Intro

Sorry for the length, but I didn't have time to write a short blog.

Wednesday, August 21, 2013

Coffee saves....Coffee kills...

When I was a kid, there was a movement to remove red dye  #12 from food.  At least I think it was red dye #12.  It could have been #3 or yellow #5.  All of them, artificial colors had been used by manufacturers and all of them had been shown in studies to cause cancer in rats.  Most were quietly phased out of foods by 2009. There was also one of the earliest artificial sweeteners, sodium cyclamate.  Cyclamate was banned by the Food and Drug administration in 1970 because it was linked to tumors in lab rats.  I once read that it would take using nearly 2.2 pounds of the stuff per day or week or some such nutty amount to have an effect. I have no idea if it is true.

One site says there has never been any side effects shown in humans. Other sites say that it has been linked to cancer, tumors, birth defects and chromosomal disorders.  I pick these two sites because one tries to look like a happy, harmless cyclamate site and the other is set up to show how scary the stuff is.  Gotta love optics. In any case cyclamate is still sold and approved in 50 countries.  

So what does this have to do with coffee? It is all about studies.  The problems we face is that too often studies are reported as fact before verification.  A published study does not mean it is accepted science.  Any scientist I've ever met will tell you that a study is published so it can be replicated and only when it is replicated again and again and again, is it considered to be valid.  This is despite what some of the researchers may claim on daytime talk shows.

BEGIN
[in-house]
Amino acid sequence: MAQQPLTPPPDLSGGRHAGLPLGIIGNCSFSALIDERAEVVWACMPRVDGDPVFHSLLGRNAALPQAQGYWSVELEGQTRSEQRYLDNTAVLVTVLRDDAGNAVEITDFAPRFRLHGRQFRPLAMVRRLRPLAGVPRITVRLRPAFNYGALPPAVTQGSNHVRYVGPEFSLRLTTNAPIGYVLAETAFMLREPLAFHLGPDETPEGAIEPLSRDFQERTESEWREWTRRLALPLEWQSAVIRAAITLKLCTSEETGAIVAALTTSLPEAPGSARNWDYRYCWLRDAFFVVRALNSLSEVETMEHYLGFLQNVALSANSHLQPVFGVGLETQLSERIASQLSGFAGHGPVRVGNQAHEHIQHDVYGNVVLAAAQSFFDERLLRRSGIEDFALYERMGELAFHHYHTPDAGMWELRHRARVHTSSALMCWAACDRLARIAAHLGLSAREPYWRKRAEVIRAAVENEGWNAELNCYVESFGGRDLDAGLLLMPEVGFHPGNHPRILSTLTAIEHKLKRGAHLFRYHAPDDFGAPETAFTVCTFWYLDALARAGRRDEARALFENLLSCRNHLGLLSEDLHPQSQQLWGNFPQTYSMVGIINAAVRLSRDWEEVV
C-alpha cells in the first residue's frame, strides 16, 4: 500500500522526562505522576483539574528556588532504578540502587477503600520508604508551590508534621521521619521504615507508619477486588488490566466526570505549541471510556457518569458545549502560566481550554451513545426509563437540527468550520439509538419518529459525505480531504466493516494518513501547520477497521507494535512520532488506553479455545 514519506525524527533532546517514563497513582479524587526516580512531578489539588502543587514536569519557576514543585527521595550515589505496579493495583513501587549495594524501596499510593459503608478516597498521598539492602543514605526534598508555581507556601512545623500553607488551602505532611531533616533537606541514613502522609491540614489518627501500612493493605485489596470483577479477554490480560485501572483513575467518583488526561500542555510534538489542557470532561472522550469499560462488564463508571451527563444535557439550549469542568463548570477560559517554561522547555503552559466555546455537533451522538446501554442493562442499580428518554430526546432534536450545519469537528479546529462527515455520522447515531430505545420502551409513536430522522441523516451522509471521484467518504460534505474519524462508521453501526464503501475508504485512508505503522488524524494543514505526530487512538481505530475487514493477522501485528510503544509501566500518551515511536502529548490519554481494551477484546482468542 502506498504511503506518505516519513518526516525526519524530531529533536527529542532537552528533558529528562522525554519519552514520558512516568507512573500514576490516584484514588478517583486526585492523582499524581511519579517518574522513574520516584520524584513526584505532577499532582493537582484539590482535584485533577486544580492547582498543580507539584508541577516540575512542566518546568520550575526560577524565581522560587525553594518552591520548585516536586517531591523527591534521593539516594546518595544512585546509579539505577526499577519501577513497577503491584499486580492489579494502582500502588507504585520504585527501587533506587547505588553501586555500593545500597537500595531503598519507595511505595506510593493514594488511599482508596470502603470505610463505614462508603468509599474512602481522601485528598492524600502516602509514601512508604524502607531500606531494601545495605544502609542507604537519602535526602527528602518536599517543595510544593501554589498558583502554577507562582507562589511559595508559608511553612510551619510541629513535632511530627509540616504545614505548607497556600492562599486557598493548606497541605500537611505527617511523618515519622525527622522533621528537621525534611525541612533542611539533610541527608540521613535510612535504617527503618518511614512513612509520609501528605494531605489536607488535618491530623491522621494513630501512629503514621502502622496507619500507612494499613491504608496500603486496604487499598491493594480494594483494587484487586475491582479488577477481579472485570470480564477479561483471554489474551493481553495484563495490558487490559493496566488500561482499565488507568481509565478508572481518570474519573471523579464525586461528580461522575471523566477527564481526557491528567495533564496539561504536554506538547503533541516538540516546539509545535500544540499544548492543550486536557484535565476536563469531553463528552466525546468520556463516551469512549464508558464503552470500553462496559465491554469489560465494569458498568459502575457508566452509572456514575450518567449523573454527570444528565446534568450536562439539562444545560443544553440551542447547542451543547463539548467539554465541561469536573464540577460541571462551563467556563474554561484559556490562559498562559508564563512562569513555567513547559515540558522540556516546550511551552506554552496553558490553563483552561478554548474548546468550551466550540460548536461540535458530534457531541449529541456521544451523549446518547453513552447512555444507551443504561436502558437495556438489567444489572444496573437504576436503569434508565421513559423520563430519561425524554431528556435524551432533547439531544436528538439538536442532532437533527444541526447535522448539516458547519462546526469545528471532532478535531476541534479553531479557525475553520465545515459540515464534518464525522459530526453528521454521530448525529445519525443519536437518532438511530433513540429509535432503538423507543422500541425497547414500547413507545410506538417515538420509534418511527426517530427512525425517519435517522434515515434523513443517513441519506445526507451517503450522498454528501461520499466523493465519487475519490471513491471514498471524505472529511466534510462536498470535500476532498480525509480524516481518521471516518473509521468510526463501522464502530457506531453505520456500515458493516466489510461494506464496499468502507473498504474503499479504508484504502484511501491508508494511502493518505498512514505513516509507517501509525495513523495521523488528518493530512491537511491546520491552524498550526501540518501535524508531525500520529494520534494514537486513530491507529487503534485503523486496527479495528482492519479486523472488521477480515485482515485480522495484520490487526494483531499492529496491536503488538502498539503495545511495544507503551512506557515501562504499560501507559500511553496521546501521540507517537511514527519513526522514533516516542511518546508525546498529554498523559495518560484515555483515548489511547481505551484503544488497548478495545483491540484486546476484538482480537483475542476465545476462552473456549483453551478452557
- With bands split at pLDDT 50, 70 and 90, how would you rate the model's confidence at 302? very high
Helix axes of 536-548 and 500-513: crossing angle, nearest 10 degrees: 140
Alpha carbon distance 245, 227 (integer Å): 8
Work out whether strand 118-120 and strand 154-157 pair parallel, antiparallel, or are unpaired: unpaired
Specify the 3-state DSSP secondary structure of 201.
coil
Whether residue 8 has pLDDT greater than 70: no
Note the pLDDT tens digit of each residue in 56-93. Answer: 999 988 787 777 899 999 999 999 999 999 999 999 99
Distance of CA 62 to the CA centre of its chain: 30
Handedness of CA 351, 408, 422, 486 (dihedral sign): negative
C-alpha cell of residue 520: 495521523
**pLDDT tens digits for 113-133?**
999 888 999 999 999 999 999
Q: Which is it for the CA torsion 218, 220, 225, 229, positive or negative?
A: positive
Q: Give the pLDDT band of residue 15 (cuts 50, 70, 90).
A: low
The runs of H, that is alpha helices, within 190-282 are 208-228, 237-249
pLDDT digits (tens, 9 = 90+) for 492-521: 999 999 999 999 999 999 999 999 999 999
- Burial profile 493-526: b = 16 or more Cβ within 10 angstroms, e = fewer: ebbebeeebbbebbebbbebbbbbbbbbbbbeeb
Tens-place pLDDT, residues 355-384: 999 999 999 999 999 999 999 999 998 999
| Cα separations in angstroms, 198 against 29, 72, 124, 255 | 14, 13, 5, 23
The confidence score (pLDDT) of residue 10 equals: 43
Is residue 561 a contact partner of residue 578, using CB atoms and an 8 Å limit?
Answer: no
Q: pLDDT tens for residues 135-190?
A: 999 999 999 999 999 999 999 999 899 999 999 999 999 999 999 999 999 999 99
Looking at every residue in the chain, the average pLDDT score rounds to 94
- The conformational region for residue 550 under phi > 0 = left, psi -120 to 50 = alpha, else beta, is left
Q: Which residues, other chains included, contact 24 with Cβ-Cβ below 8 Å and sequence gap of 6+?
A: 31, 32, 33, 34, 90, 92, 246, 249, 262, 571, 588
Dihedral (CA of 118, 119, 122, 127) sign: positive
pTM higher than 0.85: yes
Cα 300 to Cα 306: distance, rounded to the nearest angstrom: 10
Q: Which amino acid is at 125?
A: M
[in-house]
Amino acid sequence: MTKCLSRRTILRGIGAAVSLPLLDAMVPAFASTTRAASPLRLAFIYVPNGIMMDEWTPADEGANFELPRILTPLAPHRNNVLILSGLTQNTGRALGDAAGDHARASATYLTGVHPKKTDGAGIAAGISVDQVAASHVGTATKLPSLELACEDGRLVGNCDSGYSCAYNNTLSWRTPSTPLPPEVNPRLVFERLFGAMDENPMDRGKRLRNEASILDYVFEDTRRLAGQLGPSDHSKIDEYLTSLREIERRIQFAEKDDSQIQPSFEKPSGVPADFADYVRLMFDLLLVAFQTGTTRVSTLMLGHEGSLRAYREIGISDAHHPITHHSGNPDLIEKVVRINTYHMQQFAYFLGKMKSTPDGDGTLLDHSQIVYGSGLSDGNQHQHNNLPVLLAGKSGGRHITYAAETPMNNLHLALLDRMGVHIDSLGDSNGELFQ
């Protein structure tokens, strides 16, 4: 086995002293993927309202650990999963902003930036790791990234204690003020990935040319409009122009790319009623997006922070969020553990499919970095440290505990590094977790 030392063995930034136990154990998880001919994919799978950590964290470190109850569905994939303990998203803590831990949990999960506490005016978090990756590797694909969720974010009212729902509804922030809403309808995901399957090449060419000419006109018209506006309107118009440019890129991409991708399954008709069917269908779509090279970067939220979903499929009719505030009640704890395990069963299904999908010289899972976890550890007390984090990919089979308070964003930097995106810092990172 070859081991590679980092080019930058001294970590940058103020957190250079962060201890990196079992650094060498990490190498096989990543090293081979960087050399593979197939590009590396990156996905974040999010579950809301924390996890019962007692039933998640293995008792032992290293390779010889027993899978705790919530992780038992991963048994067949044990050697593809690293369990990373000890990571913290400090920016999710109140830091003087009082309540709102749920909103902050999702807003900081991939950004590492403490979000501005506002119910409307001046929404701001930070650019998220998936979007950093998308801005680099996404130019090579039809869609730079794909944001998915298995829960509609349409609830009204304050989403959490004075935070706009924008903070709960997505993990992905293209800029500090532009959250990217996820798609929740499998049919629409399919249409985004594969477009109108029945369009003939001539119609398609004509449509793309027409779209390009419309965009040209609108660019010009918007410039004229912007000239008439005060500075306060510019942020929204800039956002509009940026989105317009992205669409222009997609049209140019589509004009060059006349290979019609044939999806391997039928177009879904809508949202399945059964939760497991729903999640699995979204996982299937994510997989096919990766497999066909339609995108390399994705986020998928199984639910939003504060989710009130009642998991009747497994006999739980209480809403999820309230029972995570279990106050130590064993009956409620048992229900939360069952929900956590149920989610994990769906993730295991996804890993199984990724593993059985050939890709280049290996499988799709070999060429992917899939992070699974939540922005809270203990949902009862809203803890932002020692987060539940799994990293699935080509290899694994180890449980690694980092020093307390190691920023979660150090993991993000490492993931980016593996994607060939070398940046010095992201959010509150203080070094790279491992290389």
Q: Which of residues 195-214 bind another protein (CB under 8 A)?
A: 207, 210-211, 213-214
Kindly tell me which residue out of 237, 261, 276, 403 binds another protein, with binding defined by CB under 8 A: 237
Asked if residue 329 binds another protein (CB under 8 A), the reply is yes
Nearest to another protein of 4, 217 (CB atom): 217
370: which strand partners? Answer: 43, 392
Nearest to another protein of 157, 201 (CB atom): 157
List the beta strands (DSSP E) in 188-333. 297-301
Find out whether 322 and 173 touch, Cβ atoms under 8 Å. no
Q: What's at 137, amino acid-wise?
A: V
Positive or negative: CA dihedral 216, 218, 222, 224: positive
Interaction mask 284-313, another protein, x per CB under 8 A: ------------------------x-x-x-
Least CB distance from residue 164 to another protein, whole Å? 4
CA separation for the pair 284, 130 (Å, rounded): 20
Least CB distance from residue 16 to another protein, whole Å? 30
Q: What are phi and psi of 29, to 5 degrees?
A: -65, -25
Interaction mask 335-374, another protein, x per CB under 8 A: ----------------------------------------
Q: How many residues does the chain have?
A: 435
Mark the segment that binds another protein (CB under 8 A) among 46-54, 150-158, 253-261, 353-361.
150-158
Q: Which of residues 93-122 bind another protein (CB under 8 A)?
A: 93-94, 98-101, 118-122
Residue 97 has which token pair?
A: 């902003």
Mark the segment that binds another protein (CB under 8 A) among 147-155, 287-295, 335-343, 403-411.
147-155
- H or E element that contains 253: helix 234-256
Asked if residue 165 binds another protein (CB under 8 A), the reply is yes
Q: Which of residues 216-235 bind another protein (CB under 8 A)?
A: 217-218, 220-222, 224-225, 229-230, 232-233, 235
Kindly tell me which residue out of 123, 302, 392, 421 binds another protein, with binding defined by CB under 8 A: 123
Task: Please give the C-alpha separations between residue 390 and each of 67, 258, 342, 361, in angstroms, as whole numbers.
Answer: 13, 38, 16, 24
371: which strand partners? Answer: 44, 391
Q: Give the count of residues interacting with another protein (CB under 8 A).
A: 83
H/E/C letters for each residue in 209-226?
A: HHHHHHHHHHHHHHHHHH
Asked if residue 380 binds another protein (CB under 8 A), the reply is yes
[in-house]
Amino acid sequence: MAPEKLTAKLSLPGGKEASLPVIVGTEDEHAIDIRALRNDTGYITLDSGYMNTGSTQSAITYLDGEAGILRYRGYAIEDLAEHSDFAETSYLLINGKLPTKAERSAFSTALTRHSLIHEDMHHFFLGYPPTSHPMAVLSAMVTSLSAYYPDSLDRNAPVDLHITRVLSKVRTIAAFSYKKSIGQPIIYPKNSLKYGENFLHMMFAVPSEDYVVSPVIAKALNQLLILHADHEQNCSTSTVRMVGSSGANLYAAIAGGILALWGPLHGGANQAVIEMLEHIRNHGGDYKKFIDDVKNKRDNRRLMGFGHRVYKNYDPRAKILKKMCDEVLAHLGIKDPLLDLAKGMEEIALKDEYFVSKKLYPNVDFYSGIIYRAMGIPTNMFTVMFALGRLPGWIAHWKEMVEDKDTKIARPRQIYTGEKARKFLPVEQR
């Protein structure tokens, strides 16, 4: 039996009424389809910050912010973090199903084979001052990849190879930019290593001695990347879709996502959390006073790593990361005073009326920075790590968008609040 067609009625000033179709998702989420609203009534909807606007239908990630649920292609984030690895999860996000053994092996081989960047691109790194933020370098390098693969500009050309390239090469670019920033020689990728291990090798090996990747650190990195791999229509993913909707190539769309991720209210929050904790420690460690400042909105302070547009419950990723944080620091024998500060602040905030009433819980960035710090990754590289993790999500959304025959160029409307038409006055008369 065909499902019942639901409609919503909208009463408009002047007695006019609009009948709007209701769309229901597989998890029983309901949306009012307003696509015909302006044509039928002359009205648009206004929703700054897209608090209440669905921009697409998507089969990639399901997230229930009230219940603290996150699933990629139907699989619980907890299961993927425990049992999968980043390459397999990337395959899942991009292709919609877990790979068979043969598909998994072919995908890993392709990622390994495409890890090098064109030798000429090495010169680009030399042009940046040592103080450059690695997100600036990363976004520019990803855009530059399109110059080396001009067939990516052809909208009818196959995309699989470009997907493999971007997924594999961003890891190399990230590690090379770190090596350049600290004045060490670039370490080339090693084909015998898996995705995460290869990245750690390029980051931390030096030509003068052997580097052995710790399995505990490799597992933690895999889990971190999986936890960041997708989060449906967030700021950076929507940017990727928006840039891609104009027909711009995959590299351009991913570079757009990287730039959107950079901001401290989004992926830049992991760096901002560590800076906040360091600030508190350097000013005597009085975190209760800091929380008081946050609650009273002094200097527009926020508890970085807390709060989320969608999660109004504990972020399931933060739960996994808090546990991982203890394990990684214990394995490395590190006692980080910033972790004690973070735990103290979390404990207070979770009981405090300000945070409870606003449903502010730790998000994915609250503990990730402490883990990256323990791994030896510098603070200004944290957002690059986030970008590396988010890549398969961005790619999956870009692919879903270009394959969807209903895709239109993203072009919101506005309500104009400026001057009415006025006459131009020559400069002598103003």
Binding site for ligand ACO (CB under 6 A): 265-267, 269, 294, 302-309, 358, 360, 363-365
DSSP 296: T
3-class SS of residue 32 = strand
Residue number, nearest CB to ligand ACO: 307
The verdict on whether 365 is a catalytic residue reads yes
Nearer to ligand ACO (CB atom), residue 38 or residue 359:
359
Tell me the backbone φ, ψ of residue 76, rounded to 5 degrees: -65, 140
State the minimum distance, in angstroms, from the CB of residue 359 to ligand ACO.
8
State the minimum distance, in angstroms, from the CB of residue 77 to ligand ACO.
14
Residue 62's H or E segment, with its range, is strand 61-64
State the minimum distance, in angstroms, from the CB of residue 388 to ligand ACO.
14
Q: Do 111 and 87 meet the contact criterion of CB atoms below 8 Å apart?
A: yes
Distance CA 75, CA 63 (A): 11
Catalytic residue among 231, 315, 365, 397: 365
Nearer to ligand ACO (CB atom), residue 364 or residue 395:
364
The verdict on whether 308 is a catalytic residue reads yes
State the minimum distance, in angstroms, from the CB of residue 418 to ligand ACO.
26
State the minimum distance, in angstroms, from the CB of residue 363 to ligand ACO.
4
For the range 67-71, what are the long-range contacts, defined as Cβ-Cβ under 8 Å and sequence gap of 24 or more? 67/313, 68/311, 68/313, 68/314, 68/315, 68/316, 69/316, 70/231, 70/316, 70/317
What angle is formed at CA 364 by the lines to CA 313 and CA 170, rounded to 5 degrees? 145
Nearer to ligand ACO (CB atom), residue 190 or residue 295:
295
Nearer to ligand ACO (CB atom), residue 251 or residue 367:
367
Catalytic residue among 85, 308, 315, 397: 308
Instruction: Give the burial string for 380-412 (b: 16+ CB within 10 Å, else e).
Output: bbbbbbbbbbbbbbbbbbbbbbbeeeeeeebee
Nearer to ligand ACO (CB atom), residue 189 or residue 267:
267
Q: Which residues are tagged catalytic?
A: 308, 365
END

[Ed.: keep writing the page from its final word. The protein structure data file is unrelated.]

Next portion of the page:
It was two coffee studies reported in August on the same news show that caught my attention.  While I saw the first TV report in August, the actual study came out in July.  In late July, Time posted this about the wonders of coffee, and how it can do everything from protecting you from skin cancer to warding off Alzheimers. Then in late August came this little study, coffee is deadly.  Drinking more than four cups of coffee a day for those under 55 causes a higher rate of death.  Over 55, not so much.  That would seem to me to be a big marker that somehow coffee has a less deadly effect after a certain age.  I also have no idea how big a cup is.  A measuring cup is eight ounces,but a regular coffee cup for a coffee maker is six ounces.  I should point out a number of folks are already questioning the validity of this study.

The point is that far too often we see only one study in the news and seldom hear of the follow up evidence.  Yet such reporting causes sudden movements to ban this product or that.  We all know the theory of moderation in all things.  So before you post that meme to ban this or that or start a movement, please check the science. There are far too many things started on studies that are as yet meeting the standard.